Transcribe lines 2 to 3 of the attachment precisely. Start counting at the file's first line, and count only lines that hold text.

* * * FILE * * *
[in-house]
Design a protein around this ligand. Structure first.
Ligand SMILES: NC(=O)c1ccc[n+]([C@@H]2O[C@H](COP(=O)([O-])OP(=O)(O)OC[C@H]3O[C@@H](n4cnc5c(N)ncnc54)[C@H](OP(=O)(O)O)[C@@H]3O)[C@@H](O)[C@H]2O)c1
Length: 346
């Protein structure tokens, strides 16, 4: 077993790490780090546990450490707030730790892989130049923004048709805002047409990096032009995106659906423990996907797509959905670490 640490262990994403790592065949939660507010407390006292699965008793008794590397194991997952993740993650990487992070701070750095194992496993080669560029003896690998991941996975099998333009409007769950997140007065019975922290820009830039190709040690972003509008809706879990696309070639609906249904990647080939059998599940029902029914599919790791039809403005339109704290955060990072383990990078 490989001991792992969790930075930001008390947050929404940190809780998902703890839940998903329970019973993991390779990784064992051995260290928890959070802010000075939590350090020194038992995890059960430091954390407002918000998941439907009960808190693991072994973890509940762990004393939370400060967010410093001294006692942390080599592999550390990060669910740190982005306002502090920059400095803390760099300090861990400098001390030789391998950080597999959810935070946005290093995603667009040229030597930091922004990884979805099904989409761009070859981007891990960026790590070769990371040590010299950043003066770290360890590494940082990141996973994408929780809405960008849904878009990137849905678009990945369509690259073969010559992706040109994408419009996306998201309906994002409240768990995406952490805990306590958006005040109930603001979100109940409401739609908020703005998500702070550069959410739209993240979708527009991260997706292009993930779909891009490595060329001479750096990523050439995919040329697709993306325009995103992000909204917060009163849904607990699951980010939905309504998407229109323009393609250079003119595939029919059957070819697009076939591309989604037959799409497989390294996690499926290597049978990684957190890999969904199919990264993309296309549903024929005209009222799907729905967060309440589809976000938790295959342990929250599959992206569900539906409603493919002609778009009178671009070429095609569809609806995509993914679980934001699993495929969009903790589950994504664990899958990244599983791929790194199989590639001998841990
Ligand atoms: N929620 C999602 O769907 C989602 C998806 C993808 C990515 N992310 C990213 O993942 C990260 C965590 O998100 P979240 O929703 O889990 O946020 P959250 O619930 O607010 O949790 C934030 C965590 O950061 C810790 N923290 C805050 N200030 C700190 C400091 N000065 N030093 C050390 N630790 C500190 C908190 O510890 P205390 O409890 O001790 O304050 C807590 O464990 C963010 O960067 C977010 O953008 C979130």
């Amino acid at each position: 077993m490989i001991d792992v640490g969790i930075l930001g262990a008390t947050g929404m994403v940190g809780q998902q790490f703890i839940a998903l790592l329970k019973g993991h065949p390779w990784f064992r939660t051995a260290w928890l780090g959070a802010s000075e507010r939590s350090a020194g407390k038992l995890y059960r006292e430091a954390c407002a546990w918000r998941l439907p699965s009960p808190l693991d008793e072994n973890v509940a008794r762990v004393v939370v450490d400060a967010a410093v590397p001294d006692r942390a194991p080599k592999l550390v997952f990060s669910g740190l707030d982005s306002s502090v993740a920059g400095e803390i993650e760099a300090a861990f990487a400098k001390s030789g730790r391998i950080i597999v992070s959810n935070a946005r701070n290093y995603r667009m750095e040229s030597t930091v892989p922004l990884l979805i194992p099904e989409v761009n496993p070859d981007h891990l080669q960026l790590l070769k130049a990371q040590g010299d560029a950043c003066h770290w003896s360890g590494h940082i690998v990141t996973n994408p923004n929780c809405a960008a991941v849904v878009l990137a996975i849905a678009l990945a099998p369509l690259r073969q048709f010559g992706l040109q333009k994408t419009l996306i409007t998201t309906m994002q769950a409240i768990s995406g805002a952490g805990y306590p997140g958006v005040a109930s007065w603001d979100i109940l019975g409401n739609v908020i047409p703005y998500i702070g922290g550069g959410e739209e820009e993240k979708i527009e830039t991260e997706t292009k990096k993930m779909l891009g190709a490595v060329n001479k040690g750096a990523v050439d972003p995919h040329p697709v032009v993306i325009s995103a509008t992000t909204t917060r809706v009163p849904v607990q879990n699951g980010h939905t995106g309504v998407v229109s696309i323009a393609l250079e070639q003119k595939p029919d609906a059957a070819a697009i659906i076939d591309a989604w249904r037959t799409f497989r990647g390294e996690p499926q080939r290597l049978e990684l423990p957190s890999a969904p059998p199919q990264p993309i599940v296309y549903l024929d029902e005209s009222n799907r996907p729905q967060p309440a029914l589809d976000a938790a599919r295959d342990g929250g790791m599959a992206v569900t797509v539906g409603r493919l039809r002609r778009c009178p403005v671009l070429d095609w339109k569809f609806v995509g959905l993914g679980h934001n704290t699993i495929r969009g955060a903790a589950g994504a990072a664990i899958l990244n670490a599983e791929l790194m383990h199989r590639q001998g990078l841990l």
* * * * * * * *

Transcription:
Design a protein around this ligand. Structure first.
Ligand SMILES: NC(=O)c1ccc[n+]([C@@H]2O[C@H](COP(=O)([O-])OP(=O)(O)OC[C@H]3O[C@@H](n4cnc5c(N)ncnc54)[C@H](OP(=O)(O)O)[C@@H]3O)[C@@H](O)[C@H]2O)c1